Making The Switch - Bike to Trike - Great Info!

How long have you been a trike owner?

  • Never owned a bike or trike but thinking of getting a trike.

    Votes: 68 3.9%
  • Currently own a bike and thinking of switching to a trike.

    Votes: 273 15.9%
  • First owned a trike 0 - 1 year ago.

    Votes: 672 39.0%
  • First owned a trike 1 - 2 years ago.

    Votes: 176 10.2%
  • First owned a trike 2 - 3 years ago.

    Votes: 123 7.1%
  • First owned a trike 3 - 4 years ago.

    Votes: 96 5.6%
  • First owned a trike 4 - 5 years ago.

    Votes: 76 4.4%
  • First owned a trike more than 5 years ago.

    Votes: 238 13.8%

  • Total voters
    1,722
Hello all, I'm just getting back into riding and couldn't be more excited! I had ridden bikes long ago when I was in my early 20s and absolutely loved it. Then I had kids and priorities changed. Now, all of that is behind me but I've aged a bit, and found that a two wheeler was just not as comfortable anymore. I bought a new Harley Tri-glide in the cool "Snake Venom" paint a week ago and have almost 600 miles on it already.

With the above said, I have several observations and questions to put to the group.

1. I thought I had a big butt before, but with the trike, I really have to be conscious of where my rear tires/fenders are. I've not hit anything yet, but have been close a few times.

2. Left turns from a stop are still quite stressful. It just seems like pushing/pulling the bike through the turn, needing to shift, and not rolling my right wrist unintentionally is a lot to concentrate all at once. I'm sure that this will become a lot smother as I gain more experience, but for now it is difficult. Does anyone have any tips/techniques that could help with this?

3. Windshield choice. The standard windshield on a new Tri-glide is only 10 inches and I'm 6'3" tall, so my helmet is getting pushed around quite a bit on the freeway. I ordered a 12" touring model windshield from Freedom Shields (https://freedomshields.net/product/tri-glide-windshield/) and hope that will help resolve the buffeting that I'm dealing with. The touring model is also a couple of inches wider to help block the wind on the sides. Has anyone used a Freedom Windshield and what did you think?

4. Freeway pegs have been a life saver for my back. Being tall, and not so thin around the waist, I really feel like I'm almost sitting on top of the tank. The freeway pegs really help me to be able to stretch my legs out a little and alleviate a lot of the back strain.

5.Most of all, I'm having a great time with my new bike!

View attachment 101556

Hi Todd and welcome to Trike Talk

The left turns issues will soon become memory for you, that said if you still struggle I would chose an empty parking lot and practice. This will help to further develop your memory muscle and give you more confidence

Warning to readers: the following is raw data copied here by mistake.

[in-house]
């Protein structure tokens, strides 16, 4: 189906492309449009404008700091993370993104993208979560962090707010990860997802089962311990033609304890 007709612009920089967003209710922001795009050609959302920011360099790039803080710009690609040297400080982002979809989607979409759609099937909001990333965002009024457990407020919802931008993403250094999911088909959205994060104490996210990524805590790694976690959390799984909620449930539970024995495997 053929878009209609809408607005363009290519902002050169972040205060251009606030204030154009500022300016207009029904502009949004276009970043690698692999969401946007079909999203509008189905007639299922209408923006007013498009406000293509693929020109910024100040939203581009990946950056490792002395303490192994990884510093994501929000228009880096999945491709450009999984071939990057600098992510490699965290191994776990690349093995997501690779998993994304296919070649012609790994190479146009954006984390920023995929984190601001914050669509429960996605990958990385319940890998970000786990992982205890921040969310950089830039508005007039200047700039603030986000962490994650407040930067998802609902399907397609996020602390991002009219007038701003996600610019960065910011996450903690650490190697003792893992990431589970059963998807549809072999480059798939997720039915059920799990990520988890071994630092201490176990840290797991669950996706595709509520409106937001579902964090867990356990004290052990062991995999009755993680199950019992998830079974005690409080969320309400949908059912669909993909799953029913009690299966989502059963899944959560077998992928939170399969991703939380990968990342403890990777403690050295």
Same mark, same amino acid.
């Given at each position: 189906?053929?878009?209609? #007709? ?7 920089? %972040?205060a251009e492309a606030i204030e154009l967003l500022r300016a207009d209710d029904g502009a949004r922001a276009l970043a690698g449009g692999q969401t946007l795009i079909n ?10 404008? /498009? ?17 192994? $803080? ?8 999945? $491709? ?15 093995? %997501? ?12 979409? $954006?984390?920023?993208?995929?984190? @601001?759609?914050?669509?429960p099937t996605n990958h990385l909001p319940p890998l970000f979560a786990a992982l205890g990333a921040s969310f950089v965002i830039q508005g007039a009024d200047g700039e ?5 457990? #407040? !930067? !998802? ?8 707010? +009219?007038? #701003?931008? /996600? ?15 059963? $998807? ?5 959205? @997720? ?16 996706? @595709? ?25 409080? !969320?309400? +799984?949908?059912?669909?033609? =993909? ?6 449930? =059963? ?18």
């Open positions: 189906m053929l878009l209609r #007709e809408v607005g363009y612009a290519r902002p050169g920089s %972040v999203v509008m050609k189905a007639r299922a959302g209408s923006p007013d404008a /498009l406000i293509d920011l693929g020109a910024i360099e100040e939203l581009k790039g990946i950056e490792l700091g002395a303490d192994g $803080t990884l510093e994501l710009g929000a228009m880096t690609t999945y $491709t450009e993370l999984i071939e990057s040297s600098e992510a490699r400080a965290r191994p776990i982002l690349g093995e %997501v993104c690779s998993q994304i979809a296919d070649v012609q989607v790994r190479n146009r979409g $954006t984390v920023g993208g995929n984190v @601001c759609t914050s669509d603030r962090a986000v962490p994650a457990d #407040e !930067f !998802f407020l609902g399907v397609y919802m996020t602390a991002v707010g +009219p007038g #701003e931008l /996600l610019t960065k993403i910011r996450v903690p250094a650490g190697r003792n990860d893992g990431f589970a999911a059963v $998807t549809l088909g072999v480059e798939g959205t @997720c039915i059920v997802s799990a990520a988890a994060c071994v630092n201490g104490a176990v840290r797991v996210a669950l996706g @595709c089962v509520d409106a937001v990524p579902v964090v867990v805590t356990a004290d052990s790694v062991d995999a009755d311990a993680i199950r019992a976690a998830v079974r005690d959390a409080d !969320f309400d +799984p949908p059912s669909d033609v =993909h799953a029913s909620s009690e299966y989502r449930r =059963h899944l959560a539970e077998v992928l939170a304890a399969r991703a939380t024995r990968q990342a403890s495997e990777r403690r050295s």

Hi Todd and welcome to Trike Talk

The left turns issues will soon become memory for you, that said if you still struggle I would chose an empty parking lot and practice. This will help to further develop your memory muscle and give you more confidence

Thanks Jack, I can only hope this is true. Just kidding, I'm finding it easier every day, but it sure was intimidating at first.
 
Hello all, I'm just getting back into riding and couldn't be more excited! I had ridden bikes long ago when I was in my early 20s and absolutely loved it. Then I had kids and priorities changed. Now, all of that is behind me but I've aged a bit, and found that a two wheeler was just not as comfortable anymore. I bought a new Harley Tri-glide in the cool "Snake Venom" paint a week ago and have almost 600 miles on it already.

With the above said, I have several observations and questions to put to the group.

1. I thought I had a big butt before, but with the trike, I really have to be conscious of where my rear tires/fenders are. I've not hit anything yet, but have been close a few times.

2. Left turns from a stop are still quite stressful. It just seems like pushing/pulling the bike through the turn, needing to shift, and not rolling my right wrist unintentionally is a lot to concentrate all at once. I'm sure that this will become a lot smother as I gain more experience, but for now it is difficult. Does anyone have any tips/techniques that could help with this?

3. Windshield choice. The standard windshield on a new Tri-glide is only 10 inches and I'm 6'3" tall, so my helmet is getting pushed around quite a bit on the freeway. I ordered a 12" touring model windshield from Freedom Shields (https://freedomshields.net/product/tri-glide-windshield/) and hope that will help resolve the buffeting that I'm dealing with. The touring model is also a couple of inches wider to help block the wind on the sides. Has anyone used a Freedom Windshield and what did you think?

4. Freeway pegs have been a life saver for my back. Being tall, and not so thin around the waist, I really feel like I'm almost sitting on top of the tank. The freeway pegs really help me to be able to stretch my legs out a little and alleviate a lot of the back strain.

5.Most of all, I'm having a great time with my new bike!

View attachment 101556

Todd...............Welcome to trike talk.............:clapping:..
 
I use chap stick,